The aim of the research presented in this paper is to show the relations between labour and capital in the national economy, resulting from technological and structural changes taking place in the years 1991 to 2008 and to indicate of their importance for economic growth.
The paper presents the functional determinants for the Polish economy in 1991-2008 affecting the phenomenon subject to study as well as the preliminary analysis of relations between capital and labour and their impact on the GDP. In the research the econometric methods of description and inference based on the concept of macroeconomic Cobb-Douglas production function in both static and dynamic approach were used. The study shows that increase in production in the na- tional economy was largely the result of capital growth during the analysed period. The main factor of economic growth however in the years 1998 to 2008 was the technological progress. The results may be the implication for economic policy in terms of investment and employment.
The transformation of the Polish economy has con- tributed to the elimination of a number of distortions functioning on the labour market. Dynamic structural changes forming the basis for a new economic system – privatization and restructuring of enterprises in the initial transition period – led to both negative and positive changes on this market. From the standpoint of the labour market, the negative effects of impact of the implemented reforms include, inter alia, the loss of jobs and rising unemployment as well as decreased
professional activity of the population. The positive effect of the changes include the process of rationali- sation of the labour resources consisting in the adap- tation of the structure of involved resources and meth- ods of their use to the existing economic conditions.
Companies began to pay increasing attention to labour productivity. Available technical devices generated by the involved capital required adapting the labour re- sources to a level resulting from the economic calcu- lation. The labour rationalization process is continu- ous and characteristic of any market economy. Only its causes change. One of them is striving to achieve a competitive advantage of companies and their fur- ther development. It should be emphasized that the increasing international mobility of production factors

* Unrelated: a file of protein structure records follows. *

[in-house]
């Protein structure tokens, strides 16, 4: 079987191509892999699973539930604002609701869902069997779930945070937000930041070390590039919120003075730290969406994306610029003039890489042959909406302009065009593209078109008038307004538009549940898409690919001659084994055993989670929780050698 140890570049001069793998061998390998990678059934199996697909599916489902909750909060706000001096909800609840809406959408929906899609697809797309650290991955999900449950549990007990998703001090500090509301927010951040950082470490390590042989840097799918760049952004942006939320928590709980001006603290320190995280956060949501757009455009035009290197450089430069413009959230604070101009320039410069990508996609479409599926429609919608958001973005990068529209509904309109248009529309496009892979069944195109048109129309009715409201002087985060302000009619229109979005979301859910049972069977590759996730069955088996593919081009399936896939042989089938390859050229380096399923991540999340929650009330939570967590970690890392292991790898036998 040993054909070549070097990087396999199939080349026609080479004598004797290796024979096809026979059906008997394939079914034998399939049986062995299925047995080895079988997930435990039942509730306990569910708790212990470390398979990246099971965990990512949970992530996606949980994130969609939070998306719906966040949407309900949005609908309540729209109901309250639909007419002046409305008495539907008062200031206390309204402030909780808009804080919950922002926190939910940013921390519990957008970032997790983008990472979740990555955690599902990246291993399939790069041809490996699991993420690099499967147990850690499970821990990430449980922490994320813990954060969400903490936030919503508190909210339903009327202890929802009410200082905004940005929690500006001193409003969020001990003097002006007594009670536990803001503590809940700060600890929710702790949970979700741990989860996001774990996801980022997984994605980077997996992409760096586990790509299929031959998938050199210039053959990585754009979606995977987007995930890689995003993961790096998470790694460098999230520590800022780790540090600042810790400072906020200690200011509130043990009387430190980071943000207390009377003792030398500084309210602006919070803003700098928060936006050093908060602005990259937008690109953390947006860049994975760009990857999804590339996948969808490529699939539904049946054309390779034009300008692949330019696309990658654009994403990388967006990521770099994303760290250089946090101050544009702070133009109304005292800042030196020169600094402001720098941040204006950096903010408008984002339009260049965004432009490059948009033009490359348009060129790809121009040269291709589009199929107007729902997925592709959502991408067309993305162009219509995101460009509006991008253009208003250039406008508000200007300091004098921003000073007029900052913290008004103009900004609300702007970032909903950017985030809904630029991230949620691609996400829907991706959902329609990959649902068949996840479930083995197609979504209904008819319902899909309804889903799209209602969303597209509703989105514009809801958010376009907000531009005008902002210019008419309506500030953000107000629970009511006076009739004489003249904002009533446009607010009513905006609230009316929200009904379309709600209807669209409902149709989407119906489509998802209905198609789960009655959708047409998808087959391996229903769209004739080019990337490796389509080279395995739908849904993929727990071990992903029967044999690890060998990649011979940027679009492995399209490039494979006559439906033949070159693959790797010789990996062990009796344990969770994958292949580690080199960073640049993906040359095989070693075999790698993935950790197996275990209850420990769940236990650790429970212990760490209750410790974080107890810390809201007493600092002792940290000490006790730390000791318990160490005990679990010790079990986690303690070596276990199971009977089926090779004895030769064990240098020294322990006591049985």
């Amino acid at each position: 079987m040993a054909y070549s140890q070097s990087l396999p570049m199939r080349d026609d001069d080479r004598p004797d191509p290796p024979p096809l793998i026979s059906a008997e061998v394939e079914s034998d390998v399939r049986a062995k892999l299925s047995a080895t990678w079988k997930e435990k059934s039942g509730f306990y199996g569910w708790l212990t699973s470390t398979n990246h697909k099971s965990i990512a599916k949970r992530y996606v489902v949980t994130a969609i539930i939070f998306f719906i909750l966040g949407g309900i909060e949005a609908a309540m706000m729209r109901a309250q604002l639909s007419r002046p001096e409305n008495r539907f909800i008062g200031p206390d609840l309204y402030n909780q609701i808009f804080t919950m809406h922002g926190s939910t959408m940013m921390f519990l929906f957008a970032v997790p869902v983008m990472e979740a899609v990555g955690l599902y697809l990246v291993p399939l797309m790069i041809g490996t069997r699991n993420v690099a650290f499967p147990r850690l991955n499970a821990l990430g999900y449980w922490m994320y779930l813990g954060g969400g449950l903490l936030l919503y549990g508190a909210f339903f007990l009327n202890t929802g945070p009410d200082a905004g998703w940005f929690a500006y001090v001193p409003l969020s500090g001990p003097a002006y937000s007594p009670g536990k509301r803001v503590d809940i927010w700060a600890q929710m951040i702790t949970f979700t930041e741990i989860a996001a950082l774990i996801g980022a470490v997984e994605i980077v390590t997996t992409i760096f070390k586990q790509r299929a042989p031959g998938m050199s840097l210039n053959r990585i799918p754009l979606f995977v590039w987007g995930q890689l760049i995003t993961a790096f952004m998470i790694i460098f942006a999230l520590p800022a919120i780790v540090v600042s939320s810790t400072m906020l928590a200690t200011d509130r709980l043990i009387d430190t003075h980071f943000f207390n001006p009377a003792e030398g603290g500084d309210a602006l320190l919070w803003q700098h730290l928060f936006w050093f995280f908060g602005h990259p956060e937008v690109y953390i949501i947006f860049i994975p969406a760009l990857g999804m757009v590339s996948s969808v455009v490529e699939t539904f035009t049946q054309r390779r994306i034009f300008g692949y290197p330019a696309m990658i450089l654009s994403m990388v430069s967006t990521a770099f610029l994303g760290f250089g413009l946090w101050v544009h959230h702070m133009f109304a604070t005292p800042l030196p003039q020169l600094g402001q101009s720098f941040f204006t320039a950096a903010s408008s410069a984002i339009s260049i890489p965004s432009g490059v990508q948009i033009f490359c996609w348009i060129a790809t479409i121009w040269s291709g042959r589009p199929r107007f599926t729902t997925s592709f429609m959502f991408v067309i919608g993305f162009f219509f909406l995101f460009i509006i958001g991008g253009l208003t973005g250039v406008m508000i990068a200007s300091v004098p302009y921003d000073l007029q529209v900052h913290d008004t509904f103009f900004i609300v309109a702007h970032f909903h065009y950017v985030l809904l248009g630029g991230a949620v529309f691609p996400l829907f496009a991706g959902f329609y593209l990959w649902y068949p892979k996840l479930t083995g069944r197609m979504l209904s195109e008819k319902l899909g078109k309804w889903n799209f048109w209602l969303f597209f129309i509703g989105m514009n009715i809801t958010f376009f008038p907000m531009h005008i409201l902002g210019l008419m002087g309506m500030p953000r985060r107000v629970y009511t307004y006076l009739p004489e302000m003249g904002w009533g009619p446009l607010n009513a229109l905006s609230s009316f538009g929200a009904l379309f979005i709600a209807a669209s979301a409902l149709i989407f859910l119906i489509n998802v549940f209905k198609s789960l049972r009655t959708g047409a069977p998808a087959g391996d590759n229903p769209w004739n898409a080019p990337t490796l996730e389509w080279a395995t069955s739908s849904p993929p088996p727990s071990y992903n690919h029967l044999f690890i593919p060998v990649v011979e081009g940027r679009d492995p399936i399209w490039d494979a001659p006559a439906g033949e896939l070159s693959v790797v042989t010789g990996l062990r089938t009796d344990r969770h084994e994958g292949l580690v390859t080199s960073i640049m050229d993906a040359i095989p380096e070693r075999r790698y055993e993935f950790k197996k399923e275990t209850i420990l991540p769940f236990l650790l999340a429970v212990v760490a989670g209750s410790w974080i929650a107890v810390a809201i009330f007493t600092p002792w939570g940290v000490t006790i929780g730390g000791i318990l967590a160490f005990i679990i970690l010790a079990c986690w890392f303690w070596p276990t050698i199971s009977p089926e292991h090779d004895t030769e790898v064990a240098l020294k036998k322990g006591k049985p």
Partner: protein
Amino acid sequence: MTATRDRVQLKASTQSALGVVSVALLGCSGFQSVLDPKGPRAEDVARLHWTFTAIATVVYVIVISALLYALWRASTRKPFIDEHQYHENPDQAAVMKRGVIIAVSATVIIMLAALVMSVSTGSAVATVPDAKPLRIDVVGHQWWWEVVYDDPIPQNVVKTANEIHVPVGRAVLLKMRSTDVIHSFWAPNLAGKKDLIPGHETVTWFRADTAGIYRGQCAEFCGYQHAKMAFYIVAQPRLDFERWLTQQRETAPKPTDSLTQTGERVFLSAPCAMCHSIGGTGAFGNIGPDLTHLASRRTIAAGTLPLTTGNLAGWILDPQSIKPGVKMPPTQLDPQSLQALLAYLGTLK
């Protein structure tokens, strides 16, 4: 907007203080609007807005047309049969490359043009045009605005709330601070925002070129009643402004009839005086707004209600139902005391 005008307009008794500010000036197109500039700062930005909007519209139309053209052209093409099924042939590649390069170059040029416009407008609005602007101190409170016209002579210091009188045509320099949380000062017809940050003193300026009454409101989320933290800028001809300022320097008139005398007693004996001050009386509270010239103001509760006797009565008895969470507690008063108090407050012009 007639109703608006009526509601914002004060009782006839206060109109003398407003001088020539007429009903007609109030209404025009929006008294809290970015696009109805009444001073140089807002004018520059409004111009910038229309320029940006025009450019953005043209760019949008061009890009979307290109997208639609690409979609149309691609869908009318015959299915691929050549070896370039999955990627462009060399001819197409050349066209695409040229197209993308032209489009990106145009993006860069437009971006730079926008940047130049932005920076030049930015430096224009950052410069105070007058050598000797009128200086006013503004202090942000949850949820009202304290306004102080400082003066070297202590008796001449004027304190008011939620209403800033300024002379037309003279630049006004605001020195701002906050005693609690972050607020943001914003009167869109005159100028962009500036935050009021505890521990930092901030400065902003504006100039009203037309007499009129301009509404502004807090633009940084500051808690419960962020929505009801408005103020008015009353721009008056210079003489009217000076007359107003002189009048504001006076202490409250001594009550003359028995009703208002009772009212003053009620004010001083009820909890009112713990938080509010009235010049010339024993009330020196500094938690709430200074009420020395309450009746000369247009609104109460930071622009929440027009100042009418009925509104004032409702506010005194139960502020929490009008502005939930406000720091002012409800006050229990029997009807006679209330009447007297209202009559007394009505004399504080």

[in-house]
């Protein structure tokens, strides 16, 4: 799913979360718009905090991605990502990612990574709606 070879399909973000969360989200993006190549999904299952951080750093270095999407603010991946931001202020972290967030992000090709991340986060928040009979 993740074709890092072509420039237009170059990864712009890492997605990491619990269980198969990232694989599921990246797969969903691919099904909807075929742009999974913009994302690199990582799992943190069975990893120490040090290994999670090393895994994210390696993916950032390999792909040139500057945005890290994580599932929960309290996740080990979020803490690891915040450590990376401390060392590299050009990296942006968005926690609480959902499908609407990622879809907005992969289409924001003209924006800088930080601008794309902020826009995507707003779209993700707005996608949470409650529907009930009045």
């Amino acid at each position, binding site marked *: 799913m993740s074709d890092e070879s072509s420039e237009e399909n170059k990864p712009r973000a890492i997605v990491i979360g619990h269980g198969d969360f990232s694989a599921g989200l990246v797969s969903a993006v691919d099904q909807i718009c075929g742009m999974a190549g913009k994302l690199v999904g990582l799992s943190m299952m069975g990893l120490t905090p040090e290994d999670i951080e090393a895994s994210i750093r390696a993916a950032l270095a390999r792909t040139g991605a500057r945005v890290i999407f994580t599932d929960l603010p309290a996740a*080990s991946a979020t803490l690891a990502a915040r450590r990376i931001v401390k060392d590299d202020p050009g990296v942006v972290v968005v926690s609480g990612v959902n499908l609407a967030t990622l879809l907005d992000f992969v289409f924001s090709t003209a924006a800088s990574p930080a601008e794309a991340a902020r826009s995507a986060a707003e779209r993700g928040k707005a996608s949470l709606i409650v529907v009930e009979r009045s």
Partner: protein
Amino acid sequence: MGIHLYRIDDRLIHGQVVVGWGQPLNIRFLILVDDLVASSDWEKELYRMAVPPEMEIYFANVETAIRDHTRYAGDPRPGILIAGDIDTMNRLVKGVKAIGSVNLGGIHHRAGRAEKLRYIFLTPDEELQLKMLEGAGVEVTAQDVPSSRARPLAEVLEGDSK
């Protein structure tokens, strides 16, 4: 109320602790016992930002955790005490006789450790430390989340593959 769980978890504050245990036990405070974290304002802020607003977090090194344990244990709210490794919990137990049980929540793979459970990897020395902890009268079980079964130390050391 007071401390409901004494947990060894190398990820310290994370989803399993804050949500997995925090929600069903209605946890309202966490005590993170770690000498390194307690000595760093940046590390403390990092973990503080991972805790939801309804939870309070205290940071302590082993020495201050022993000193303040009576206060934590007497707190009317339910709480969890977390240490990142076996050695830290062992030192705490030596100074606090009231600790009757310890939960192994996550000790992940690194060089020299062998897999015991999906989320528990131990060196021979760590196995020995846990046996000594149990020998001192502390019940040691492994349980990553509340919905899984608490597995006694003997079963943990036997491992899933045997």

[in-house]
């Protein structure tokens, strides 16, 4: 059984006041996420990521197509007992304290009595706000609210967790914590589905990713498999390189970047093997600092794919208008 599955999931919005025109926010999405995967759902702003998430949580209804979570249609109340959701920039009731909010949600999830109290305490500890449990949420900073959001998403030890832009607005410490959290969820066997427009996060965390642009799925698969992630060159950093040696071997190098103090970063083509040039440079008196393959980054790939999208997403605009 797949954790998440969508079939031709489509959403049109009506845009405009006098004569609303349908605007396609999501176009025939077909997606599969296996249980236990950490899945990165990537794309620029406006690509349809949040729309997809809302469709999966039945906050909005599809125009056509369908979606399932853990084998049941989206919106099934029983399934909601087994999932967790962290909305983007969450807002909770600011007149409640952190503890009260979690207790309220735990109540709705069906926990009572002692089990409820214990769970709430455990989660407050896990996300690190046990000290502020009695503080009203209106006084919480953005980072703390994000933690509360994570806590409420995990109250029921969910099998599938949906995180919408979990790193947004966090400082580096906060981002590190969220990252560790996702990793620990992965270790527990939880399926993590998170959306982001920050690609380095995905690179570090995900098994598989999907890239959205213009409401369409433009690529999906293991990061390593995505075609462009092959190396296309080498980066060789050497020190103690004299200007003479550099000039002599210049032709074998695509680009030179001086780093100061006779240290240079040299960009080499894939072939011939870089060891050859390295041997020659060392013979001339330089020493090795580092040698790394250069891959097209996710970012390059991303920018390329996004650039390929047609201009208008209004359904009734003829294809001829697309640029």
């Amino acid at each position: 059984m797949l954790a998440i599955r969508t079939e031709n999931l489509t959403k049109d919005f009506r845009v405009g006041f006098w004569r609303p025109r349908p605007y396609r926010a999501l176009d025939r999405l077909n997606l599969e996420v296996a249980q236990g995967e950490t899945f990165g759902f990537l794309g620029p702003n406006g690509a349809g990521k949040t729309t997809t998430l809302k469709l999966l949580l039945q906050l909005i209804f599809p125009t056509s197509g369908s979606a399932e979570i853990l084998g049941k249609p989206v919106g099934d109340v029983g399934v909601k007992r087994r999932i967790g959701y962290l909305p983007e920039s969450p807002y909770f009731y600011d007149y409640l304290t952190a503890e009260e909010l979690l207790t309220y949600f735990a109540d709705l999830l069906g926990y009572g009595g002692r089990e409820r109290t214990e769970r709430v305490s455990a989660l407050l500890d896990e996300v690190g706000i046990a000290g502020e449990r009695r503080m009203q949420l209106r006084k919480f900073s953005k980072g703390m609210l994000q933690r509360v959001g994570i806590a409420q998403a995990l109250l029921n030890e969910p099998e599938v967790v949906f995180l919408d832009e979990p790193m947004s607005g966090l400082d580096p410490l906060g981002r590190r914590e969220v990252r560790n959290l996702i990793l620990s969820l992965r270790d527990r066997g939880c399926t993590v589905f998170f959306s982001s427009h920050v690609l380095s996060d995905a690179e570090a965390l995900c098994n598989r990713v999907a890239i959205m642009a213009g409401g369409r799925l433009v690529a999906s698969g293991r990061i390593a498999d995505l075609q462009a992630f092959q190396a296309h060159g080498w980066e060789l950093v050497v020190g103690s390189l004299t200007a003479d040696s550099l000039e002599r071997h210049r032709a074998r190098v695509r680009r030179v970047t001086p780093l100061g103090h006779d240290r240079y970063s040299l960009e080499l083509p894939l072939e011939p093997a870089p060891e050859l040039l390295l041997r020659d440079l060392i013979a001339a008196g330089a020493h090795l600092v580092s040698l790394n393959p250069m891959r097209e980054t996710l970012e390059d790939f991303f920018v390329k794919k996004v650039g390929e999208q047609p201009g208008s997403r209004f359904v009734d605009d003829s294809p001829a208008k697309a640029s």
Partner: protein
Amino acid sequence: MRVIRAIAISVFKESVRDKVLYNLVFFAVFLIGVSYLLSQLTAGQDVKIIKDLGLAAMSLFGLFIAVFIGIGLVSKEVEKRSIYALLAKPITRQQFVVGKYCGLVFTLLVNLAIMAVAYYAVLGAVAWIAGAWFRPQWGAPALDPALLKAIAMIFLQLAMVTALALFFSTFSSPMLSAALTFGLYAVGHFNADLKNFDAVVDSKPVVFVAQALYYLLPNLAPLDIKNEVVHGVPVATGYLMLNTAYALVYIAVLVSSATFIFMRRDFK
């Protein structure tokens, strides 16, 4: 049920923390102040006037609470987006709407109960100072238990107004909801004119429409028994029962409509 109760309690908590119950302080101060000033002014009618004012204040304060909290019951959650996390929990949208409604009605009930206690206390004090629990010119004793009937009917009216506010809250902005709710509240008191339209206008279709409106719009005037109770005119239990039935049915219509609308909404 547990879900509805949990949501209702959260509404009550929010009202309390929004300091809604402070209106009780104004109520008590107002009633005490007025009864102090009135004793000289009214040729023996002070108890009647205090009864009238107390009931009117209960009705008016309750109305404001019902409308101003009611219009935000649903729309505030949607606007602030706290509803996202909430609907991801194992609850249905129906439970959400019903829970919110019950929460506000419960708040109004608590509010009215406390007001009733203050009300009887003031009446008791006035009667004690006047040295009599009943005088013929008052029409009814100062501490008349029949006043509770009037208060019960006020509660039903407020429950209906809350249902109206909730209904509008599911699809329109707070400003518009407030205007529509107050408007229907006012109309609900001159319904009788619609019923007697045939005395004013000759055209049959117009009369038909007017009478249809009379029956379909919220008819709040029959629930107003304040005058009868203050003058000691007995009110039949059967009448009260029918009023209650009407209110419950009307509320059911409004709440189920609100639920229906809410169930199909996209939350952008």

The Impact of Technological and Structural Changes in the National
Economy on the Labour-Capital Relations
Received: 18112011 Accepted: 1603 2012
D40, O40 KEy woRdS:
transformation, structural changes, employment, capital, national economy, macroeconomic production function
1 Gdańsk University of Technology, POLAND
2 Sopot College, POLAND
Corespondence concerning to this article should be addressed to:
Małgorzata Gawrycka, Aneta Sobiechowska-Ziegert1, Anna Szymczak2
creates the need for flexible adjustment of resources to current market needs, which ensures maintaining competitive position on an international scale.
By making structural changes individual countries aim to reduce development disparities compared to highly developed countries. The result of the ongoing changes is the observed convergence processes. Stud- ies by Caselli and Tenreyro (2005), Ben-David (1993) and Berman, Bound and Machin (1998) show that in the years 1950-2000 there occurred real convergence associated with offsetting the level of GDP per capita and labour productivity. Real convergence in GDP per capita concerned cutting down the span of GDP per capita among others in Greece compared with France and the EU countries in relation to the U.S.
In order to deepen the analysis of structural changes taking place in the Polish economy, it seems relevant to identify the causes of real convergence. The literature on the subject refers to four types of convergence (Ca- selli & Tenreyro, 2005):
• neoclassical, which is based on the assumption that countries with a lower stock of capital grow faster, because it is possible to increase the return on the capital employed,
• related to overcoming technological backwardness (explained by the theories of endogenous growth) – convergence is due to the flow of modern tech- nological solutions from countries with high levels of new technologies to countries with a low level of technological development,
• associated with international trade, which is ex- plained by the creation of bigger exchange oppor- tunities on a common market for countries inte- grating with those that have so far remained within the structures of a given market,
• structural transformation which resulting from the reallocation of production factors between sectors of the economy (movement from sectors with low productivity of labour and capital to sectors with higher productivity).
Each of those types of convergence has an effect on changes on the labour market. It is difficult to clearly identify which one of them most significantly affected the degree of utilization of labour resources, because in 1991-2008 several processes took place simultane- ously: transformation, restructuring, integration and globalization. Literature suggests that the intensity of
structural changes in the national economy is high in the period of accelerated technological and organi- zational progress, quick economic growth, modern- ization of the economy, structural changes and those resulting from changes in foreign trade. All of the processes were characteristic of the Polish economy in the aforementioned years and contributed to its development and a significant reduction in the gap between the Polish economy and the world's leading economies. In terms of economic development mea- sured by GDP per capita, Poland is still at a very distant position, even in comparison with the least developed countries of Western Europe.